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Streaming on: Chorki
The five segments in the anthology series Unoloukik (meaning ‘quasi-real’) resist easy classification. Psychological thriller? Doesn’t quite apply to the events in the fourth story, Hello Ladies, where a reality show anchor (Rafiath Rashid Mithila) is able to see through TV sets into the drawing rooms of her fans, mostly housewives, and witnesses an instance of domestic abuse leading to accidental murder. Filmed in bleak black and white, the conceit seems to give a tangible form to the host’s ‘connection’ with her audience. Magical realism? Sci-fi? I don’t know.
Whereas psychological thriller might be an accurate description for Mrs Prohelika, the third story — an atmospheric two-character-one-setting drama that unfolds in a psychologist’s (Chanchal Chowdhury) chamber on a rainy night. He has a movie to catch at 9 (and is in a hurry to wrap it up); the patient (Nusrat Imroze Tisha) has a sleeping disorder. But the first thing she tells him is that she hasn’t been dreaming. Like Hello Ladies (and other shorts in the series), Mrs Prohelika takes its themes to a somewhat dystopian extreme — she hasn’t slept for two years. But unlike it, the story operates within the real.
The five episodes of Unoloukik — strange, dark, unpredictable, funny — both overlap in style and wildly differ from one another. There is a consistency in tone. This is achieved because they are all based on stories by the same author (Shibabrata Barman) and made by one director (Robiul Alam Robi), but shot by five different cinematographers — a choice that underlines how much thought went behind making it “cinematic”.
Take for instance the second episode, Don’t Write Me, in which the protagonist (Shohel Rana) — who is hiding from members of a gang after he testified against them with the cops — discovers that he is character from a short story (very meta). Perfectly in tune with the weird logic of the show, he tracks down the author (Asaduzzaman Noor) and requests him to write him a happy ending. In a darkly funny scene, he fusses over the details of the climax, asking the author to reduce the number of henchmen and so on as we get four variations of the same scene. As they are played over and over, we observe with keenness their differences — the sort of visual thinking meant for a screen experience rather than being read on paper.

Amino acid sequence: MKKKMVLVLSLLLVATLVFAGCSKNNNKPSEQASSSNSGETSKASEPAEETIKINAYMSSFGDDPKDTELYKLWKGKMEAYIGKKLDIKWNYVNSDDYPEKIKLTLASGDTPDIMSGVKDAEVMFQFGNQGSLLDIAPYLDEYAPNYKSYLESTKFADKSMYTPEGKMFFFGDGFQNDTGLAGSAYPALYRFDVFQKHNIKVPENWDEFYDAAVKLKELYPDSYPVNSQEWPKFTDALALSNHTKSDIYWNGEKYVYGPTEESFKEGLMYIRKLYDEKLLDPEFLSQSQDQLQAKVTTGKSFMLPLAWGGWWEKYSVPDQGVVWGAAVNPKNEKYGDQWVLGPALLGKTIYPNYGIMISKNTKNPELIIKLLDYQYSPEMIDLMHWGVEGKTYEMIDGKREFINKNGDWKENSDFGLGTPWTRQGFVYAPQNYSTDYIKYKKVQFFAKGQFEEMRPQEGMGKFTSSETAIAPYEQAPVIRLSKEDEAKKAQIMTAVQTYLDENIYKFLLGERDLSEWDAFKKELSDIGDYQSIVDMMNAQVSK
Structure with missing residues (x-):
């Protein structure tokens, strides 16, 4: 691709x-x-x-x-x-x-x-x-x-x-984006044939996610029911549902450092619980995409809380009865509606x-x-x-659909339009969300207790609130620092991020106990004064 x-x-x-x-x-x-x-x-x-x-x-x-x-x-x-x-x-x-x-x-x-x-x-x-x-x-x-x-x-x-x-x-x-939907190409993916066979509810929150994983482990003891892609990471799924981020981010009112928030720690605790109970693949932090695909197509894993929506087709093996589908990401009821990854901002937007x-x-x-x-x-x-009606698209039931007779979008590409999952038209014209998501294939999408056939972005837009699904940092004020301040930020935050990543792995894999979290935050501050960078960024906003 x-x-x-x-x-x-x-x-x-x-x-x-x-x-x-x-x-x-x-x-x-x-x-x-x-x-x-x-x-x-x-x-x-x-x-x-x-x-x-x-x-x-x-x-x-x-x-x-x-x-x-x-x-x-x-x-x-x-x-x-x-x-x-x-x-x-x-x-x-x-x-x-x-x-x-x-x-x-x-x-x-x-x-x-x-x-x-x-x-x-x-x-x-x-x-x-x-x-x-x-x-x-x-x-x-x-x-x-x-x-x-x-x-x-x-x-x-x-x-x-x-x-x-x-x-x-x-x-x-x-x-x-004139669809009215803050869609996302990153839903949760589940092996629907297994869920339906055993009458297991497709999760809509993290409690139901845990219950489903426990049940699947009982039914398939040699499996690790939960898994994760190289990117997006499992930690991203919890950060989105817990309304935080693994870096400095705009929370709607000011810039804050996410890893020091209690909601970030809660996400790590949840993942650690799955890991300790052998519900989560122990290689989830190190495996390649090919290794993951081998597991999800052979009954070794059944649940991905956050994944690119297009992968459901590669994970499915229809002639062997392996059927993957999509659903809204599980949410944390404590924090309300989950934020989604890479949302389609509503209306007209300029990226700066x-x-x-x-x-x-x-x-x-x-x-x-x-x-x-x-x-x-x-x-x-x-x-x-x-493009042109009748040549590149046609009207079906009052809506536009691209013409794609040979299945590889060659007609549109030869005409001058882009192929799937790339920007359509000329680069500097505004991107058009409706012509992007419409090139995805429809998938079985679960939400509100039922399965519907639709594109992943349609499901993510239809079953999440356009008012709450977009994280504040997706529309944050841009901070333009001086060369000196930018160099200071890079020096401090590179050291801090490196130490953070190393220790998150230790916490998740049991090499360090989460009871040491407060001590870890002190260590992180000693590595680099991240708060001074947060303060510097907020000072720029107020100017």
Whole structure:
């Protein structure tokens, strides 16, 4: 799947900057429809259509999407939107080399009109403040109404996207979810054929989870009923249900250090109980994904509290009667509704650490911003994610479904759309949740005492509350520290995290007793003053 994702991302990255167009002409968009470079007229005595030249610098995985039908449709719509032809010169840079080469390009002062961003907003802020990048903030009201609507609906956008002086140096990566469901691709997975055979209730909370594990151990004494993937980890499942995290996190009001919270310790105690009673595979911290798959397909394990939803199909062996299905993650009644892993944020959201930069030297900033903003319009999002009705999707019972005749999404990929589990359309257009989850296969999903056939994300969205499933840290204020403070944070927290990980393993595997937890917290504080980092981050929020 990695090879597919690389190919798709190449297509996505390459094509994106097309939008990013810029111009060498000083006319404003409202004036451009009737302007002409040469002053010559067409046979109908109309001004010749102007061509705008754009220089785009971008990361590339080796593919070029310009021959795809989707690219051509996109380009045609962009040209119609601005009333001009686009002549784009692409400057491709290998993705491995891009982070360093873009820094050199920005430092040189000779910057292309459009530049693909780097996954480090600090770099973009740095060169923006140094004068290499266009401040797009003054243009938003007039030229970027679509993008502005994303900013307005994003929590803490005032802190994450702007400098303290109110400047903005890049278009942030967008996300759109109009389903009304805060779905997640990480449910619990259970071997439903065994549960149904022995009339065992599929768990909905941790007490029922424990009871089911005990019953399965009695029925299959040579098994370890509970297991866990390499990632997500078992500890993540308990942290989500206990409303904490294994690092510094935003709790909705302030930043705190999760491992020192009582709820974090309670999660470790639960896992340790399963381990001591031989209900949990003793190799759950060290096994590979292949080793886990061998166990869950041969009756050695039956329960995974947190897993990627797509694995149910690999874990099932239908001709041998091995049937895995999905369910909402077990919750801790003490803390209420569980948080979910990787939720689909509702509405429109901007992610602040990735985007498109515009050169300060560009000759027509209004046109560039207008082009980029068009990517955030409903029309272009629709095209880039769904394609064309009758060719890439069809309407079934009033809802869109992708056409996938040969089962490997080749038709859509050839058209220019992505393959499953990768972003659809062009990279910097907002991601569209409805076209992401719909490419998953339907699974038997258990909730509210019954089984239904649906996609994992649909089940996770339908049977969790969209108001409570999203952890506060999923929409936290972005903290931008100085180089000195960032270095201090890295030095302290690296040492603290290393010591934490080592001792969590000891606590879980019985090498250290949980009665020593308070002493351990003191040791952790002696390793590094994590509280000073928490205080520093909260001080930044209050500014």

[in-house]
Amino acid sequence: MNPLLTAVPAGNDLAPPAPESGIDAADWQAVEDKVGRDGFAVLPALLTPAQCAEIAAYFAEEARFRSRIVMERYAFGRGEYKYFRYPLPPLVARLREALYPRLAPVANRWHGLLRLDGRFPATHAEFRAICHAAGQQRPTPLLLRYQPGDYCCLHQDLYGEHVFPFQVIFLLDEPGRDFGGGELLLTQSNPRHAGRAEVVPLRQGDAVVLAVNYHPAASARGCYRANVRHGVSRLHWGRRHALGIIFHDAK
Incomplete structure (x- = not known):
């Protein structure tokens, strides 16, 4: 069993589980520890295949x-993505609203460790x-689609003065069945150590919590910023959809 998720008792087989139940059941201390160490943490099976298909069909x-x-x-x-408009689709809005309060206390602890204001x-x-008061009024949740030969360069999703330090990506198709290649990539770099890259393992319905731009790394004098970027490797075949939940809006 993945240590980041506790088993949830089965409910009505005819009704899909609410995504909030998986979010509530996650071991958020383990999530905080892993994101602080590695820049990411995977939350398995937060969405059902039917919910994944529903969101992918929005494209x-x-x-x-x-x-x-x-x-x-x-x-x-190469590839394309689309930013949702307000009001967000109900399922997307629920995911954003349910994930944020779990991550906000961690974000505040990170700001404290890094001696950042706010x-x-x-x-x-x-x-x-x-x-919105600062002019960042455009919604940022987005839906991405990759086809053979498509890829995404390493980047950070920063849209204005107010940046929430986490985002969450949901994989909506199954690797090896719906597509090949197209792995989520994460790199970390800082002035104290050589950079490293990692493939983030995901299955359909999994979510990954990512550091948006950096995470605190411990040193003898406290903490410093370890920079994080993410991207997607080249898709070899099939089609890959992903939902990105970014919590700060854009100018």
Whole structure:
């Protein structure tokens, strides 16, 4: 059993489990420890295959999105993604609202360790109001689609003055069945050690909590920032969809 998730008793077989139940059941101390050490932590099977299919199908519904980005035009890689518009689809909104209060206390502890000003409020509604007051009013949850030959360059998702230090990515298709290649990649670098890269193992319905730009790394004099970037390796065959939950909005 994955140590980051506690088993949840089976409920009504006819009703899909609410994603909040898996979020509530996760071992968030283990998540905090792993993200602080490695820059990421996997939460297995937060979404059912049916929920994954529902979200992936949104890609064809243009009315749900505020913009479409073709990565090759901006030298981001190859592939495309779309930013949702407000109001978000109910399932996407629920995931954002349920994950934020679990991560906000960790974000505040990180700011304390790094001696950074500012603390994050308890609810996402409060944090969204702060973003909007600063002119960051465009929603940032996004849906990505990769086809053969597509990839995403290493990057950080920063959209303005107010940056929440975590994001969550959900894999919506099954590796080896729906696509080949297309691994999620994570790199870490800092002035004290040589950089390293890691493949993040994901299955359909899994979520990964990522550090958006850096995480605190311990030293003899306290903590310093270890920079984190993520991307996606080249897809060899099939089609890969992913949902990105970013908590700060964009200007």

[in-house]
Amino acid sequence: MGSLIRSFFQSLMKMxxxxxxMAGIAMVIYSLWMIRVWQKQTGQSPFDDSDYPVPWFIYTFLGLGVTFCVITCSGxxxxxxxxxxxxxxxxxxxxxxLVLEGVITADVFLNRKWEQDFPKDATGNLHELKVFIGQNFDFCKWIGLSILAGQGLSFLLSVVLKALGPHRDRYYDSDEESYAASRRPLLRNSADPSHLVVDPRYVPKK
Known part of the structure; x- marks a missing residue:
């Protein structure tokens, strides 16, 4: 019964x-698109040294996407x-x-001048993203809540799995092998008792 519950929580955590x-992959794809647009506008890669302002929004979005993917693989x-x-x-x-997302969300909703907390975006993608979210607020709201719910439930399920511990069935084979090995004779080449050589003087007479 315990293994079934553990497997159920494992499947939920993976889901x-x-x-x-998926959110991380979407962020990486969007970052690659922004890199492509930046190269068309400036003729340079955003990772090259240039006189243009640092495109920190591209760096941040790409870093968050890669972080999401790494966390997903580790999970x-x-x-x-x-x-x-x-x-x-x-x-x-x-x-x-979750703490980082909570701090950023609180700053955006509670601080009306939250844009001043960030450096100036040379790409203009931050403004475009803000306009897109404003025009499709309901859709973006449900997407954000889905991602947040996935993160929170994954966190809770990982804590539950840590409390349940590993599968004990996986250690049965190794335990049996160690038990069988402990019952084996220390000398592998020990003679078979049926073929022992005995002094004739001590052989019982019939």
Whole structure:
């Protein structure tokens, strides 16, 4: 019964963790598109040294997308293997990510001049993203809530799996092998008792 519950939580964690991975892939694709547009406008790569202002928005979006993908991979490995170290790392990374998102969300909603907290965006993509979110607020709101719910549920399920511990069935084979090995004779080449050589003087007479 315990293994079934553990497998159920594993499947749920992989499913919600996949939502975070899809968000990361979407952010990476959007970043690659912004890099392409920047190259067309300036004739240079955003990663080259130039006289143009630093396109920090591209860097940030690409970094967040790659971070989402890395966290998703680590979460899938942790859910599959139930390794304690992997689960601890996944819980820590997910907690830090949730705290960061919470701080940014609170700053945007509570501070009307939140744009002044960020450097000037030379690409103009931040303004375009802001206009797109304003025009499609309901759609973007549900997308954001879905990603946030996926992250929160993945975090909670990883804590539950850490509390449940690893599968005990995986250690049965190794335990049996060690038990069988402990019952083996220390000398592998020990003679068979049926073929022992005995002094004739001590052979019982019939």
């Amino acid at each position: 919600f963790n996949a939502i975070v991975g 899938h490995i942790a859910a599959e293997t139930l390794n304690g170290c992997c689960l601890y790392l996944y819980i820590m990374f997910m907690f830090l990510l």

Don’t Write Me is the only story that was written exclusively for the series — unlike the other pre-existing short stories by Barman, which have been adapted by the screenwriting team (Barman, Robi, Syed Ahmed Shawki, Neamoth Ullah Masum, Naseef Amin). But even something as wordy as the fifth and final episode, Dikhondito, is transformed into a living breathing marriage of visual and dialogue. We get a one-take opening sequence in which a bunch of characters trash talk in a moving vehicle — with the exception of one. It’s a stunning bit of mis-en-scene where everything is pointing towards what’s going to be a one-man show (Intekhab Dinar), a masterclass on information in a post-truth world. In the next scene, the man tells us that he will narrate five seemingly disparate stories and its upto us to join the dots. The first one is about the Hillary Step, a famed rock and a final frontier for mountaineers on their way to Everest — and a subject of contention since 2015, when a British climber claimed that it has disappeared, perhaps following the Nepal earthquake; a group of Sherpas countered him saying the rock still exists.
It’s extraordinary how much the fifth episode packs into its 23 minute runtime: from a mountaineering debate, to the partition of India and Pakistan (that concerns the existence of Bangladesh itself), to corruption in government and censorship — topped up by a twist that could only be described as…paranormal, but that seems built into the very notion that there can be alternative ‘facts’: how can two people be in two places at the same time? Once you have the whole thing in front of you, Dikhondito looks like a heist job.
Unoloukik’s genre-bending tendencies call to mind shows like Black Mirror and Love, Death & Robots. Certain stories deal with mental health the way Black Mirror deals with technology — like the first episode, Moribar Holo Tar Shaad, which treats its protagonist, who belongs to the urban rich and wants to kill himself, with seriocomic tone of satire. But unlike those shows, or for that matter most series made in India, it’s made in a lesser budget than what’s available on this side of the border. Streaming on Bangladesh’s homegrown OTT platform, Chorki (you can subscribe if you have an international debt card), Unoloukik is small in scale but big on ideas, and impressive in execution.